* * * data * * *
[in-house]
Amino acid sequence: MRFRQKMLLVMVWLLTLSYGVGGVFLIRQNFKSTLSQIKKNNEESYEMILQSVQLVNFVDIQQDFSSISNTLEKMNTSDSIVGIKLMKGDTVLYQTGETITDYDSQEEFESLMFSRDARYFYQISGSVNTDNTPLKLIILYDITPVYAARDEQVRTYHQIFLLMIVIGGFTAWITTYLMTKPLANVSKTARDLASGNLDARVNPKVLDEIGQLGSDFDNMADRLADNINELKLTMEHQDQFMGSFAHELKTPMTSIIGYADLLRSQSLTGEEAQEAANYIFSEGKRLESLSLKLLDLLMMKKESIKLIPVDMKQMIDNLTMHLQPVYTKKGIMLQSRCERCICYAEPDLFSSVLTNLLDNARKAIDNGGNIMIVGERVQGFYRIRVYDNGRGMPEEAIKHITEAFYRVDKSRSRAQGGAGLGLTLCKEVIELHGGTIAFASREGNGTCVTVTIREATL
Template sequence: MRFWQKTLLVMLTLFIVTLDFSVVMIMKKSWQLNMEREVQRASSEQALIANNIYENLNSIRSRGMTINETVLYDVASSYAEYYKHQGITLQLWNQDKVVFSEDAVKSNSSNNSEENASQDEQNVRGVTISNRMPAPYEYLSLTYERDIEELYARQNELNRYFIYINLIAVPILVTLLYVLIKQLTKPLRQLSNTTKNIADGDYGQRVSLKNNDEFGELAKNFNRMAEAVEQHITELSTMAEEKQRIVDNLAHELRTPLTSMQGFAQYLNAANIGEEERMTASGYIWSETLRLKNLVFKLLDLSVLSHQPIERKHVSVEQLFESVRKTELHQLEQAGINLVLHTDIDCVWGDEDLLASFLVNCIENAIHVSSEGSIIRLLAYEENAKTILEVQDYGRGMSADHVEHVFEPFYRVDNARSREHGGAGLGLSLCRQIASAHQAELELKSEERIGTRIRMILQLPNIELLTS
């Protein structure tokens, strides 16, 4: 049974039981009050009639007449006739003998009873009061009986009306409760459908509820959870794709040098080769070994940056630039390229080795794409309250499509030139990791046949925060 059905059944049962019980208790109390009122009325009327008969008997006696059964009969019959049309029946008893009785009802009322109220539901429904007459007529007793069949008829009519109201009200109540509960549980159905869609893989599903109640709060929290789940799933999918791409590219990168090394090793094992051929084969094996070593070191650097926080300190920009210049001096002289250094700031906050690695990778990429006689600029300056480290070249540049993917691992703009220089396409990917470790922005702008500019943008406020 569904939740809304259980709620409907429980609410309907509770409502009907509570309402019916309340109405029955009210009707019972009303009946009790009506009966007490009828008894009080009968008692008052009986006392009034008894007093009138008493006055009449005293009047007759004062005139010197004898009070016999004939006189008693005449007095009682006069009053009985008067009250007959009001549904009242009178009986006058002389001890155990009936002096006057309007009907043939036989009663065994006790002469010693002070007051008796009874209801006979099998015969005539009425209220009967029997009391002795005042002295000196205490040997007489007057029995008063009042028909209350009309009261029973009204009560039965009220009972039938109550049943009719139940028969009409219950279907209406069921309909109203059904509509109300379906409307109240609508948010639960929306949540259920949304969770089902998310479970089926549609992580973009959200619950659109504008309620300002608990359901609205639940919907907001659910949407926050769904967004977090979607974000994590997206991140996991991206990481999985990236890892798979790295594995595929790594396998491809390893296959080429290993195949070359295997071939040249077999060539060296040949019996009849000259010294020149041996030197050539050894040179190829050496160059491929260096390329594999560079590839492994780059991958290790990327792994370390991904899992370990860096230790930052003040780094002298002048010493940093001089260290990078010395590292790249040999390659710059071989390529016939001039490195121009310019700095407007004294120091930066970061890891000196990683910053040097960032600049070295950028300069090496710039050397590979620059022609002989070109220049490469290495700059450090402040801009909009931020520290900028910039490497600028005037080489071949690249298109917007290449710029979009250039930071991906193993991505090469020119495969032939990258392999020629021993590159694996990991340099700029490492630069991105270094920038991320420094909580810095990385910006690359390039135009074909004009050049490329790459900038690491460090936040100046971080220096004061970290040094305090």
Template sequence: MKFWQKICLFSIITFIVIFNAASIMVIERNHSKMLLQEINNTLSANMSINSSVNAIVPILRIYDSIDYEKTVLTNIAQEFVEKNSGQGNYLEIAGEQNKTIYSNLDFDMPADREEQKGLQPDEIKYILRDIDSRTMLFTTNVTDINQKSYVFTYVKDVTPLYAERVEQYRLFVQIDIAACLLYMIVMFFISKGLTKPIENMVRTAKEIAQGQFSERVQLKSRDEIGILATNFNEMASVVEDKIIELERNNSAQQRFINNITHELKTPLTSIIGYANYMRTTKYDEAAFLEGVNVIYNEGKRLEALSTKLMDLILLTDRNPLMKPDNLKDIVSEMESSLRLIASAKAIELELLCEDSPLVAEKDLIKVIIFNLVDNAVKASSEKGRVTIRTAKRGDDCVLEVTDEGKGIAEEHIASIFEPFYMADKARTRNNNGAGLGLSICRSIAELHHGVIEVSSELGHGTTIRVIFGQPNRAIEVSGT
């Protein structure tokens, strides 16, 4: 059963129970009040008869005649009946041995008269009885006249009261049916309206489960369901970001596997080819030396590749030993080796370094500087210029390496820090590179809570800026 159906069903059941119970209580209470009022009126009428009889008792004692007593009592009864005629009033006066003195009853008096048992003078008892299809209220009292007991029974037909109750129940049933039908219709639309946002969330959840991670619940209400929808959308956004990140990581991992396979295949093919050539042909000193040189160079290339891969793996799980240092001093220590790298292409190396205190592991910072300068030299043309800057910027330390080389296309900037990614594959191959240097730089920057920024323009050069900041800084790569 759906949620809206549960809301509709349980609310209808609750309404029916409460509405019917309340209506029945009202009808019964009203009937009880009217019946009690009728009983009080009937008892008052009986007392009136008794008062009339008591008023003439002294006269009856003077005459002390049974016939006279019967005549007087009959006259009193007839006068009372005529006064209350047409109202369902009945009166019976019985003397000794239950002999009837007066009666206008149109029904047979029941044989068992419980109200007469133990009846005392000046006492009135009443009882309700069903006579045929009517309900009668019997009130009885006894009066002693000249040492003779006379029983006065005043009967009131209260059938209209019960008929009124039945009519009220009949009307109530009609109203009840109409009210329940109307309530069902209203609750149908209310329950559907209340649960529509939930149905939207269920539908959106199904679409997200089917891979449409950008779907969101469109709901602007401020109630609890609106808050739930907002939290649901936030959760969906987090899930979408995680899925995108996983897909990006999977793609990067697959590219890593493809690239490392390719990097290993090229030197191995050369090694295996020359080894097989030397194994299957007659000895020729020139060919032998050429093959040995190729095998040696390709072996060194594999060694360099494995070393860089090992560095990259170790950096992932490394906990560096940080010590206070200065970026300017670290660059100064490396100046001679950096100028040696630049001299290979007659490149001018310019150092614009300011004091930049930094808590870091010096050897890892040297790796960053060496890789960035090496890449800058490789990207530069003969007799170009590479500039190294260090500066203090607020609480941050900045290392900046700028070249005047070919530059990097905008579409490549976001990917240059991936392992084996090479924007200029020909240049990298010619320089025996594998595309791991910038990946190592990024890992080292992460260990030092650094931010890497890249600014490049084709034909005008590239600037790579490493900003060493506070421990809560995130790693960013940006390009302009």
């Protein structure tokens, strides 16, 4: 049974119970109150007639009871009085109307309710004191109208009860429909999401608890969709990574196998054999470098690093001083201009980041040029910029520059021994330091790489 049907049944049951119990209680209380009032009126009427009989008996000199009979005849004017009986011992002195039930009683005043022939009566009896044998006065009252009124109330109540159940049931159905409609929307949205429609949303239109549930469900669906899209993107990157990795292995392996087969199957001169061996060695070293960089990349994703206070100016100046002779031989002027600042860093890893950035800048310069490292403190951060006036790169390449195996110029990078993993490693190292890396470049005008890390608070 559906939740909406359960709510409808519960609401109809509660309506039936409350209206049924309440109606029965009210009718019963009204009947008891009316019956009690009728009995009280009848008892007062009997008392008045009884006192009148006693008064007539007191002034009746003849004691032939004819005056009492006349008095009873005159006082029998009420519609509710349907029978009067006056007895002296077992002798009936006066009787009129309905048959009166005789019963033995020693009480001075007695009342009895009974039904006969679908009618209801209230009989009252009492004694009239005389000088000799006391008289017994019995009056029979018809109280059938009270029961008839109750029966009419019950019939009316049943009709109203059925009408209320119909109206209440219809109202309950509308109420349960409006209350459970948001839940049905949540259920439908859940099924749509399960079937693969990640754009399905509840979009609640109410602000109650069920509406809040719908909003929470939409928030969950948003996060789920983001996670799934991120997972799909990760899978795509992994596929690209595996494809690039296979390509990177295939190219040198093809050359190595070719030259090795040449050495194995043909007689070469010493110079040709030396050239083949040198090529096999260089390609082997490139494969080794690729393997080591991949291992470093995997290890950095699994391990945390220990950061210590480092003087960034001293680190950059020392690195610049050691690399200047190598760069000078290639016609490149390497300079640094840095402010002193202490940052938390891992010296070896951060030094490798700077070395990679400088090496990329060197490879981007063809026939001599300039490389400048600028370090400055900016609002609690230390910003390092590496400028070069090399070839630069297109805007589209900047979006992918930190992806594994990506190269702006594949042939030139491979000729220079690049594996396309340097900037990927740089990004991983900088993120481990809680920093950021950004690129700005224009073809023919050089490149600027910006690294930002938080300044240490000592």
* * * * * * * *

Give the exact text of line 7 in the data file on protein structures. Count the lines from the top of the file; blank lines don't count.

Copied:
């Protein structure tokens, strides 16, 4: 049974119970109150007639009871009085109307309710004191109208009860429909999401608890969709990574196998054999470098690093001083201009980041040029910029520059021994330091790489 049907049944049951119990209680209380009032009126009427009989008996000199009979005849004017009986011992002195039930009683005043022939009566009896044998006065009252009124109330109540159940049931159905409609929307949205429609949303239109549930469900669906899209993107990157990795292995392996087969199957001169061996060695070293960089990349994703206070100016100046002779031989002027600042860093890893950035800048310069490292403190951060006036790169390449195996110029990078993993490693190292890396470049005008890390608070 559906939740909406359960709510409808519960609401109809509660309506039936409350209206049924309440109606029965009210009718019963009204009947008891009316019956009690009728009995009280009848008892007062009997008392008045009884006192009148006693008064007539007191002034009746003849004691032939004819005056009492006349008095009873005159006082029998009420519609509710349907029978009067006056007895002296077992002798009936006066009787009129309905048959009166005789019963033995020693009480001075007695009342009895009974039904006969679908009618209801209230009989009252009492004694009239005389000088000799006391008289017994019995009056029979018809109280059938009270029961008839109750029966009419019950019939009316049943009709109203059925009408209320119909109206209440219809109202309950509308109420349960409006209350459970948001839940049905949540259920439908859940099924749509399960079937693969990640754009399905509840979009609640109410602000109650069920509406809040719908909003929470939409928030969950948003996060789920983001996670799934991120997972799909990760899978795509992994596929690209595996494809690039296979390509990177295939190219040198093809050359190595070719030259090795040449050495194995043909007689070469010493110079040709030396050239083949040198090529096999260089390609082997490139494969080794690729393997080591991949291992470093995997290890950095699994391990945390220990950061210590480092003087960034001293680190950059020392690195610049050691690399200047190598760069000078290639016609490149390497300079640094840095402010002193202490940052938390891992010296070896951060030094490798700077070395990679400088090496990329060197490879981007063809026939001599300039490389400048600028370090400055900016609002609690230390910003390092590496400028070069090399070839630069297109805007589209900047979006992918930190992806594994990506190269702006594949042939030139491979000729220079690049594996396309340097900037990927740089990004991983900088993120481990809680920093950021950004690129700005224009073809023919050089490149600027910006690294930002938080300044240490000592």